What works vs. what's "better"

Our friend Craig Westover altered us to a situation Rockford, Illinois that reveals the inner thought processes of progressive educators. Principal Tiffany Parke of Lewis Lemon Global Studies Academy has been punished by her school district for using the direct instruction approach to teaching reading, which emphasizes phonics, rather than the district-approved method of "balanced literacy (whole language)." Never mind that direct instruction raised the school's third graders from the bottom to scoring near the top in statewide reading tests (second only to students at a school for the gifted). Never mind that Lemon Academy was closing the achievement gap (their student body is described by The New York Times as "80 percent nonwhite and 85 percent poor").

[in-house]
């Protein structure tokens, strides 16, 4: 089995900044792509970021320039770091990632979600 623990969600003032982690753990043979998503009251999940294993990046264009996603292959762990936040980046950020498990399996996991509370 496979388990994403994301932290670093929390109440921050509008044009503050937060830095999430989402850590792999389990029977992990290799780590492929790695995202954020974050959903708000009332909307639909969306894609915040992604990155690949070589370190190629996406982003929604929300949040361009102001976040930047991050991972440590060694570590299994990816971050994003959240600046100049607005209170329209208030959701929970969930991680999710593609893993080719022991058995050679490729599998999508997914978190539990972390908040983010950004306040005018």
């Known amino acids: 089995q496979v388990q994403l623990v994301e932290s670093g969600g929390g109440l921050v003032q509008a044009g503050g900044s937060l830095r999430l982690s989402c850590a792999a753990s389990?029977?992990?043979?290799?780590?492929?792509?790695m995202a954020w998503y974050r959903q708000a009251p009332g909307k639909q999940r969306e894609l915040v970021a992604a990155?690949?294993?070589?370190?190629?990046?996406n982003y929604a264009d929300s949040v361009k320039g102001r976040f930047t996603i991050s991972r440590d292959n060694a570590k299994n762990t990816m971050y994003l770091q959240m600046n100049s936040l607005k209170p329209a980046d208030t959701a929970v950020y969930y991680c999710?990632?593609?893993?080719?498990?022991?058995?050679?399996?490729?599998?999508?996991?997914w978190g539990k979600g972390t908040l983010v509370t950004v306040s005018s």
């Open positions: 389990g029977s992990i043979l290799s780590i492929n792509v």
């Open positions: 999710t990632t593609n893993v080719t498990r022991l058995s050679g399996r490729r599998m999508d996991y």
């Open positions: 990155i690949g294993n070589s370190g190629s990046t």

Front Page Magazine explains:

Supporters of whole language, by contrast, believe that the acquisition of knowledge is a subjective process. Influenced by John Dewey and his philosophy of Progressive education, they believe that the child must be encouraged to follow his feelings irrespective of the facts, and to have his arbitrary opinions regarded as valid. On this premise, the child is told to treat the whole word as a primary, and to draw his conclusions without the necessity of learning the underlying facts. He is taught this--in spite of the overwhelming evidence, in theory and in practice, that phonics instruction works and whole language does not.

Don't be confused by the facts. Forget what works. Results are irrelevant. The experts know that [balanced literacy/integrated math/insert progressive educational fad of your choice here] is "better." Just ask the kids and their parents in Rockford, Illinois.